Questions To Answer Before Accepting A Personal Injury Claim

For someone injured in an accident, it can seem logical to accept an offer made by the insurance company, after filing a personal injury claim. Yet the desire for much-needed funds could cloud the claimant’s mind. He or she might fail to ask the right questions, before accepting that most-inviting offer.

What is the full extent of your injuries?

Can you be sure that all of the tests have uncovered any harm done to your body? If you had family members in the car with you, can you be sure that none of them sustained an injury that has gone undetected? The latter situation often demands an effort to refuse any early offer, so that any suspected damage can become more obvious.

Have you considered the possible loss of future income?

If the driver is disabled, that fact could dim the chances that the injured driver might be able to return to his or her former occupation. Similarly, if a younger family member sustained a severe enough injury, it can lead to deprivation of certain opportunities in the future. The offer is made at the early stages of the negotiations might not address that particular possibility.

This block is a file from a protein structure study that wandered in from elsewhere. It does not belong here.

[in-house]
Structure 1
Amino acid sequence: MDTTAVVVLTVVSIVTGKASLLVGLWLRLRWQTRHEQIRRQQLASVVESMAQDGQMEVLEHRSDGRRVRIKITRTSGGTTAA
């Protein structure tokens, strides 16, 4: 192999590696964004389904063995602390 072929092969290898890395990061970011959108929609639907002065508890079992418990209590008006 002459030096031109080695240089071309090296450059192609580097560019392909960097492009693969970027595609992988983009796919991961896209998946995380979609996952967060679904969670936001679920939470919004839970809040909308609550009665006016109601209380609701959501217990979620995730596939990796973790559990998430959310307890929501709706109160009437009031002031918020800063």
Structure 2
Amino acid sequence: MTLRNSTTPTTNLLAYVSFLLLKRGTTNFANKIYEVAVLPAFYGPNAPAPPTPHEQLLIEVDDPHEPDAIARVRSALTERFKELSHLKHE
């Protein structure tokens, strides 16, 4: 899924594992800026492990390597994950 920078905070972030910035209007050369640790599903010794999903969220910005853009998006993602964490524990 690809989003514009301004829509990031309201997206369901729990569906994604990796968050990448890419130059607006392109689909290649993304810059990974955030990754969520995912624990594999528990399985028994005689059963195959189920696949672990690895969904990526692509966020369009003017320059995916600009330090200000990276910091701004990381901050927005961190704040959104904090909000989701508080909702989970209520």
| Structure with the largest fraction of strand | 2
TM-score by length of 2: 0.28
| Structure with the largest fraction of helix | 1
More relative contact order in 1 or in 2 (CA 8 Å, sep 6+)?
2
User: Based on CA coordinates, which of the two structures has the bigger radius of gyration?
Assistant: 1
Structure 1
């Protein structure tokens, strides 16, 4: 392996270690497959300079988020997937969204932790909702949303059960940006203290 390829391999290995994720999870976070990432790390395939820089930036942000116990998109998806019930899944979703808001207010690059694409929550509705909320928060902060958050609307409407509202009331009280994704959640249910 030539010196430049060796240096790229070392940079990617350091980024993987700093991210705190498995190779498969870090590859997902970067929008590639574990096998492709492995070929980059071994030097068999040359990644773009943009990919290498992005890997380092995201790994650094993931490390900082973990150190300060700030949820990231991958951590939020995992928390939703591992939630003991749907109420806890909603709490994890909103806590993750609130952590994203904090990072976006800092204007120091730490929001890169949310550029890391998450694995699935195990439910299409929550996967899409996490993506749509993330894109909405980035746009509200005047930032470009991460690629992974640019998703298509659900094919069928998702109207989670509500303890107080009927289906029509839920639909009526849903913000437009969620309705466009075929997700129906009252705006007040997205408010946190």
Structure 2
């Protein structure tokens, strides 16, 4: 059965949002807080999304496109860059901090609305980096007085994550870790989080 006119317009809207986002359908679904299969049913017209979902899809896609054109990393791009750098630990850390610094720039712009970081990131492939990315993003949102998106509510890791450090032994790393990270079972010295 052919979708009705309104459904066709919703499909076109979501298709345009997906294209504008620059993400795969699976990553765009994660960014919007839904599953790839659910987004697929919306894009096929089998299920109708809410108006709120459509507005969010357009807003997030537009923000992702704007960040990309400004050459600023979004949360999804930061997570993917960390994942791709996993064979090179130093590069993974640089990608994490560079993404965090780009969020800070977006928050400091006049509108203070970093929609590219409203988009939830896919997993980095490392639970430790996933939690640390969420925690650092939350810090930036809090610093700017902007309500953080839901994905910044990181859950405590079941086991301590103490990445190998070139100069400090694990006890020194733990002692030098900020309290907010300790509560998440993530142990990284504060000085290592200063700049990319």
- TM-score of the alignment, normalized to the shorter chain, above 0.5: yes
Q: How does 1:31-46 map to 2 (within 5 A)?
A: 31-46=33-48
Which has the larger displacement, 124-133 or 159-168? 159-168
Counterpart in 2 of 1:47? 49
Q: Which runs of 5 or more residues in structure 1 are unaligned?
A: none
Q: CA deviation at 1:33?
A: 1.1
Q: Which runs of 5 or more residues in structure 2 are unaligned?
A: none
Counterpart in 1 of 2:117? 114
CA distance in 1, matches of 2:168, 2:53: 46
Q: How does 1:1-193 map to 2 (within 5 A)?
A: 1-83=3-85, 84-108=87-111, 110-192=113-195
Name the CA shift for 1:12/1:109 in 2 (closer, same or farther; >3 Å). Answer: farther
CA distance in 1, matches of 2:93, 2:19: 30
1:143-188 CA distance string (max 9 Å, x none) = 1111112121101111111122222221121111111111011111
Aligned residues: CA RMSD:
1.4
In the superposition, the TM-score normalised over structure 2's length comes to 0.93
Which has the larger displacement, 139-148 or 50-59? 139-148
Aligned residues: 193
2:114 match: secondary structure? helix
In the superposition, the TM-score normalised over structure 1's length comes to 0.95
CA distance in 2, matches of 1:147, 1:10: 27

Have you thought about possible new expenses?

An injured body shares certain traits with an aging one. It refuses to do all the tasks that a healthy body will perform. Hence, an injured victim often needs to pay for completion of housekeeping chores or for lawn care, while that same victim is recovering from any sustained injuries.

Have you spoken to any independent experts?

Have you consulted with your doctor, or the doctor treating an injured family member? Do you have a full understanding of how any sustained injury might have affected your future, or that family member’s future? How can you gain a sense for the economic impact of that new medical problem?

Have you consulted an injury lawyer?

Without a personal injury lawyer’s help in Camrose, the victim of an accident finds it hard to refuse an early settlement offer. Some adults think that hiring a lawyer will add to their expenses, and not work to aid efforts aimed at winning a fair compensation. Those are the sorts of assumptions corrected by asking the right questions, and then going after the correct answers.

Obviously, no two victims will come up with the same answers. Still, experienced lawyers know that an early offer tends to overlook those areas for which a given lawyer’s client is paid more money. In other words, victims that accept such an offer seldom walk away with could be considered as a fair compensation.